Garden update

My pumpkin and squash vines spread like crazy!  Snooping through today I see there are LOTS of little pumpkins!  Those big leaves sure do hide them well. I don’t know if they will all ripen in time but it would be nice to get a few.  There aren’t as many butternut squashes as pumpkins but again, I’m hoping for a few.

The cucumbers are finally starting to produce.  I’ve picked a few for making pickles, they wait in the fridge until I have enough to do a recipe.  I’ve sliced some for eating as well.  The plants look a little yellow from all the rain we got last month.

Tomatoes are coming steady.  We’re really enjoying them.  Nothing like a homegrown tomato.  I’ll can up some for the winter and make sauce.

The lettuce has bolted, it’s finished.  I still cut some for the goats, chickens and turkeys.  They don’t care if it’s bitter. The green beans are about done too.  I might find a few more out there but probably not enough for a meal.  The cabbage has all been picked.  The broccoli is still giving side shoots.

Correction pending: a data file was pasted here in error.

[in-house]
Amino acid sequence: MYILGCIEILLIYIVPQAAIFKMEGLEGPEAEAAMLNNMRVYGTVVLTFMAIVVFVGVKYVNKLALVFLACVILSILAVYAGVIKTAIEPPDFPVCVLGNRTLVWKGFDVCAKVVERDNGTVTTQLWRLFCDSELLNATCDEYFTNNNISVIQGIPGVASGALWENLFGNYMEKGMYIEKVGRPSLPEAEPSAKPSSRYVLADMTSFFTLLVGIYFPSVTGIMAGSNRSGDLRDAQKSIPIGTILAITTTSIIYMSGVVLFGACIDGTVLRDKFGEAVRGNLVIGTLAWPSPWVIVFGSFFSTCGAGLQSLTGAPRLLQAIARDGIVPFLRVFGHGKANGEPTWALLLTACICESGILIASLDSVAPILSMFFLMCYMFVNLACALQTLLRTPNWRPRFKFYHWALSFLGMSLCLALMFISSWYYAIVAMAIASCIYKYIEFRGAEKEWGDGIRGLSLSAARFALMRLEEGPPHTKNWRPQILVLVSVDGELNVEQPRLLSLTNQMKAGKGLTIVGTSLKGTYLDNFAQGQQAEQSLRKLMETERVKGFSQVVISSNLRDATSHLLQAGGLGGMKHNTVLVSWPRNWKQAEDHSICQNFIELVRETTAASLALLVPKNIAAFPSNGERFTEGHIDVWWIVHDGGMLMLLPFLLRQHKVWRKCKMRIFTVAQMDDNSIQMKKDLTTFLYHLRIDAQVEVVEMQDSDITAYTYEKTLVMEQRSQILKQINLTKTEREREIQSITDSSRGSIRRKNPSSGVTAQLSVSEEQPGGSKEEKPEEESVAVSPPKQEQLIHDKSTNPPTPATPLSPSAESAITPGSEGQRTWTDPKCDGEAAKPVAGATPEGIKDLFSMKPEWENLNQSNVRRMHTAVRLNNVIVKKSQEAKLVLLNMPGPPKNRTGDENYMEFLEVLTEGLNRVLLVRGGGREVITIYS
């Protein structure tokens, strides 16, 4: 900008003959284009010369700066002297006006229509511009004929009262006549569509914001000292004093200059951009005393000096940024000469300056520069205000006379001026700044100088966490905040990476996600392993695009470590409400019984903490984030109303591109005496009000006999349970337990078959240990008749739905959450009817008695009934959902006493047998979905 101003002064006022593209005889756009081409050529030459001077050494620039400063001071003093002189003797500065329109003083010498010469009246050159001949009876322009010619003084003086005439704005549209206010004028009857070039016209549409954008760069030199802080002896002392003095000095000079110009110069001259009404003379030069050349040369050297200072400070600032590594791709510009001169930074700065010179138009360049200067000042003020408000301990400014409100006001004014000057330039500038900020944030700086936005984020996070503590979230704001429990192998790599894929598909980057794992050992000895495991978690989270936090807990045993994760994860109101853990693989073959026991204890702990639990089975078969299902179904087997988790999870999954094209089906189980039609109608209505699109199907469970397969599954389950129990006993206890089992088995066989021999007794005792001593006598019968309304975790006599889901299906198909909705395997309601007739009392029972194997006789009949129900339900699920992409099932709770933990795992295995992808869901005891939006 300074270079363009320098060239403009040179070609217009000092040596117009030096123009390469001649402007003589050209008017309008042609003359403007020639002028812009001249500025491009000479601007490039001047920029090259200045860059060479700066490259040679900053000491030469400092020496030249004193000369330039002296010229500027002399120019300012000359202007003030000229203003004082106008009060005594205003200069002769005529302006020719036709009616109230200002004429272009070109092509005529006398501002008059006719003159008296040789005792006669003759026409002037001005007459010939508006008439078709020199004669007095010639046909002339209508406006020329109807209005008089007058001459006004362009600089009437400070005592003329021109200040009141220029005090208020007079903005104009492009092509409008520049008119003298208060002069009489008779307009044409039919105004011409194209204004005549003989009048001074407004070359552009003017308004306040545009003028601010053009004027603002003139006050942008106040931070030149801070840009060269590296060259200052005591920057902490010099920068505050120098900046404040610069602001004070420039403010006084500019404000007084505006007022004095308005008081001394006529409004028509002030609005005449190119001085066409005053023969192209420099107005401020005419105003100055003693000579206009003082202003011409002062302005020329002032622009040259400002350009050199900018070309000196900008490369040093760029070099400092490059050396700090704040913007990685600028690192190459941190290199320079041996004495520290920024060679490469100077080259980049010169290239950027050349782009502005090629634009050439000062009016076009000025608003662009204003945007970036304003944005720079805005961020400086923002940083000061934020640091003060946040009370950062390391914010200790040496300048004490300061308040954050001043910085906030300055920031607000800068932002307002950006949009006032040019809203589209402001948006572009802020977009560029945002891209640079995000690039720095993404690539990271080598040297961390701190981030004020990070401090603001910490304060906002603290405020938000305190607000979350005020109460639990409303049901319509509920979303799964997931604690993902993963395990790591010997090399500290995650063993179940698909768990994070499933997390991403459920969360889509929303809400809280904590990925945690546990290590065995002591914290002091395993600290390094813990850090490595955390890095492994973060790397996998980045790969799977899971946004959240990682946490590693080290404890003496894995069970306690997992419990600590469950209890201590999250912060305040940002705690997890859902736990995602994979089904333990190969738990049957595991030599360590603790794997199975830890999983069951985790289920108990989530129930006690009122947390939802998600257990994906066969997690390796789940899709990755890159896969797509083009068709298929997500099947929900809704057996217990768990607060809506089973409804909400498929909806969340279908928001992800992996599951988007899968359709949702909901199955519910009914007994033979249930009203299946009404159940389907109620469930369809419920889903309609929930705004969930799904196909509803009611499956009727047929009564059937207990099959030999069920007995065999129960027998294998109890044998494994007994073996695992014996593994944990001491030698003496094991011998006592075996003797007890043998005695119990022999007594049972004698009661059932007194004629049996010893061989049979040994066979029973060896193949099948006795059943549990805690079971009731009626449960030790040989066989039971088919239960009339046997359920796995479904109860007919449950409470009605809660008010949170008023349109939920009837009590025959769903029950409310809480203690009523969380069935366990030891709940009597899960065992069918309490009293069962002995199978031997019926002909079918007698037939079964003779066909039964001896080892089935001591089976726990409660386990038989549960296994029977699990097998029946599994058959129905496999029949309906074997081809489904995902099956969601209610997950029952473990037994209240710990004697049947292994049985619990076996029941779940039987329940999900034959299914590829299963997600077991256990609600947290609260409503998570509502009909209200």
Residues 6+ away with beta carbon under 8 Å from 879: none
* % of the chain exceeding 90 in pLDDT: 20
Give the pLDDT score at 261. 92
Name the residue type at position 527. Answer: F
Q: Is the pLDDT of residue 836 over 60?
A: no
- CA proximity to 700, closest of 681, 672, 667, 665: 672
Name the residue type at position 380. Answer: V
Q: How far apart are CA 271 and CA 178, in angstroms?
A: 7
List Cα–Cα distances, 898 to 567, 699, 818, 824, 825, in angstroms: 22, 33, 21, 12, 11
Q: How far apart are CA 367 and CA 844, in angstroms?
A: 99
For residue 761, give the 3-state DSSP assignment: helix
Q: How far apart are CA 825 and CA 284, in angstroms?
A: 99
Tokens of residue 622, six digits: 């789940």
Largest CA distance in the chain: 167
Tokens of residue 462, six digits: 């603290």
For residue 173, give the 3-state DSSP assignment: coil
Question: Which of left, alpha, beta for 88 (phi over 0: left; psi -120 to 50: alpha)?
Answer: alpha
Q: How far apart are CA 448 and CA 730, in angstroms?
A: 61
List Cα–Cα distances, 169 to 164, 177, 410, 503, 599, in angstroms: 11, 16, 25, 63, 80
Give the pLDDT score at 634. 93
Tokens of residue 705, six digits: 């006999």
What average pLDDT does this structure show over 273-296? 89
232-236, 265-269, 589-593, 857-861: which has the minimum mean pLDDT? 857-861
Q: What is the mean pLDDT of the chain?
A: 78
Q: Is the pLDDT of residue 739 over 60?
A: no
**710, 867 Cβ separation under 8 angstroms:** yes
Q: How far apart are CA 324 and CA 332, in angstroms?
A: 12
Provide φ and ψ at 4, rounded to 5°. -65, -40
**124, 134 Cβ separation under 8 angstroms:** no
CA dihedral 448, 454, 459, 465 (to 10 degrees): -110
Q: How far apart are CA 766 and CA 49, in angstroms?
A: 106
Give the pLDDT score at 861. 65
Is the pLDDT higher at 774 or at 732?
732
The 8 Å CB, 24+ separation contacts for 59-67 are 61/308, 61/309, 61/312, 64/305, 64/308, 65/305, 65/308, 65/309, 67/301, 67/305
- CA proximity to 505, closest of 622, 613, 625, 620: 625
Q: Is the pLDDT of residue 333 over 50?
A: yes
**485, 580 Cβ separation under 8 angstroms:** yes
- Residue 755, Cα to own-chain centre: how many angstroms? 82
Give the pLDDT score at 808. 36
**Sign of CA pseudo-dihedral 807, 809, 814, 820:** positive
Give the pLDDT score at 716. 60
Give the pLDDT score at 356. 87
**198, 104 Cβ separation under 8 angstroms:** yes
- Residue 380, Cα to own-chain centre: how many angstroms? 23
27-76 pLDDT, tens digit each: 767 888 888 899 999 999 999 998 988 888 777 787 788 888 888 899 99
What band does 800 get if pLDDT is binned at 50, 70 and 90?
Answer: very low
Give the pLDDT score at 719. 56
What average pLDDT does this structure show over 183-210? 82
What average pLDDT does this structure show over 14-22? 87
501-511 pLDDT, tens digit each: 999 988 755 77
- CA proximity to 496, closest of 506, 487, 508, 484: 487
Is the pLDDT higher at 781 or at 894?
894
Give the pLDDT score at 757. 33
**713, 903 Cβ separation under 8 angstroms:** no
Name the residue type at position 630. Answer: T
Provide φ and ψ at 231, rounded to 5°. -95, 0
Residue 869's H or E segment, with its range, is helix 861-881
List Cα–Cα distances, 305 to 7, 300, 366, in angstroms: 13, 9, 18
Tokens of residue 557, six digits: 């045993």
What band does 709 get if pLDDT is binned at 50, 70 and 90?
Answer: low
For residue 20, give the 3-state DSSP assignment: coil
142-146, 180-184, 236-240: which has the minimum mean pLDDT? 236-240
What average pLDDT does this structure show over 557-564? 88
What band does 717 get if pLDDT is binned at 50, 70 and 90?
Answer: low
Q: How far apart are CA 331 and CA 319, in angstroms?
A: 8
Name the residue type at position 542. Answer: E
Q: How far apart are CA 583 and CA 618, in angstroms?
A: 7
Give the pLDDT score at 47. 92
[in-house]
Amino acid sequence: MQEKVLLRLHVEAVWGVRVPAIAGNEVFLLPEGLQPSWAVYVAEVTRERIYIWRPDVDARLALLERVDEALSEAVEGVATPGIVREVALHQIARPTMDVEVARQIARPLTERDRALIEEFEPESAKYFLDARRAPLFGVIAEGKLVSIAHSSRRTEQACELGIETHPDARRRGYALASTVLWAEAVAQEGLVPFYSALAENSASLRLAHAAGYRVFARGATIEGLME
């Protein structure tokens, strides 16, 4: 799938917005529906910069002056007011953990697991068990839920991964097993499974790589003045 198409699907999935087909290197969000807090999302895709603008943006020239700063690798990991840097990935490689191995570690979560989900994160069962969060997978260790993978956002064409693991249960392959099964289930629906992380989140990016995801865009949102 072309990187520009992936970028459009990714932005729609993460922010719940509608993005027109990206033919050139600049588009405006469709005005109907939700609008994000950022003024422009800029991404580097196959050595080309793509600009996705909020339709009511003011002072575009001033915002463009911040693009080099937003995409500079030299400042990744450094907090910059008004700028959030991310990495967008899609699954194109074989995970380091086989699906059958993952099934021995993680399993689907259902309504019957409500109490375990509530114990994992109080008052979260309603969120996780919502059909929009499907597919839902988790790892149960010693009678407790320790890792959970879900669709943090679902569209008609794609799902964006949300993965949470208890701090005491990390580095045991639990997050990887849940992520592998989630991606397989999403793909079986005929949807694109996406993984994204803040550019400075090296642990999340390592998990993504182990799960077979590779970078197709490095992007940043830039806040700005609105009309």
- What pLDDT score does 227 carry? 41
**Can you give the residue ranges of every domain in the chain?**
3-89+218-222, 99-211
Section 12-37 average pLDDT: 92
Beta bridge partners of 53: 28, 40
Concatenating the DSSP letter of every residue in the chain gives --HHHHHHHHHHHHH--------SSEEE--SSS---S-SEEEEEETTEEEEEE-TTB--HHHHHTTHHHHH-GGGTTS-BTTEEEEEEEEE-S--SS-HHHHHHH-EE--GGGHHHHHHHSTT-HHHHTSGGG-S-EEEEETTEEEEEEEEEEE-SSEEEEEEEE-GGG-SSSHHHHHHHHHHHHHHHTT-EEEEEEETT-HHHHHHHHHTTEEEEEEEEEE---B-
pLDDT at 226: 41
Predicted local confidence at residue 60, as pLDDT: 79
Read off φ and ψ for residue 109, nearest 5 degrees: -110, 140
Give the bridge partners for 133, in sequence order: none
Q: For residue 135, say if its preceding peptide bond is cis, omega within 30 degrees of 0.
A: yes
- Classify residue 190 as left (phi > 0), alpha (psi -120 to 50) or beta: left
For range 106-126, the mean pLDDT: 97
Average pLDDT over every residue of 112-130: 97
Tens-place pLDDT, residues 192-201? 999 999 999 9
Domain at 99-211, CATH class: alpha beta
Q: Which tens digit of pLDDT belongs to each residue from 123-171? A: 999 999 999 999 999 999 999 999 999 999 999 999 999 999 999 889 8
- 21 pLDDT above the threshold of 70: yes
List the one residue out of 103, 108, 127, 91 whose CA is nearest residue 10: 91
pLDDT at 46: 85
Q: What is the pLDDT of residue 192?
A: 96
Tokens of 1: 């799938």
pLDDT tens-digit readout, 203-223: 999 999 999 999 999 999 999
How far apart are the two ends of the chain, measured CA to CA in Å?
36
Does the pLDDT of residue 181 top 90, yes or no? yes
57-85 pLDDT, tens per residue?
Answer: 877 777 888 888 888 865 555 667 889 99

That’s about all there is to tell about the garden.

Bread and tomatoes

Bread: This week I made bread and buns.  I used to make it all the time a few years ago when I was involved in the local Farmers Market. I used the same recipe but I tried soaking the flour a day ahead but I could only soak about 1/3 of the recipe as the rest I had to work in dry. Not sure how I’m going to overcome that problem. 

Sourdough Starter: I also tried making sourdough starter this week.  I think it might have worked?!  It was a really warm windy day and I set it outside. By the end of the day, it was all bubbly. 🙂  I had to put it in a larger jar.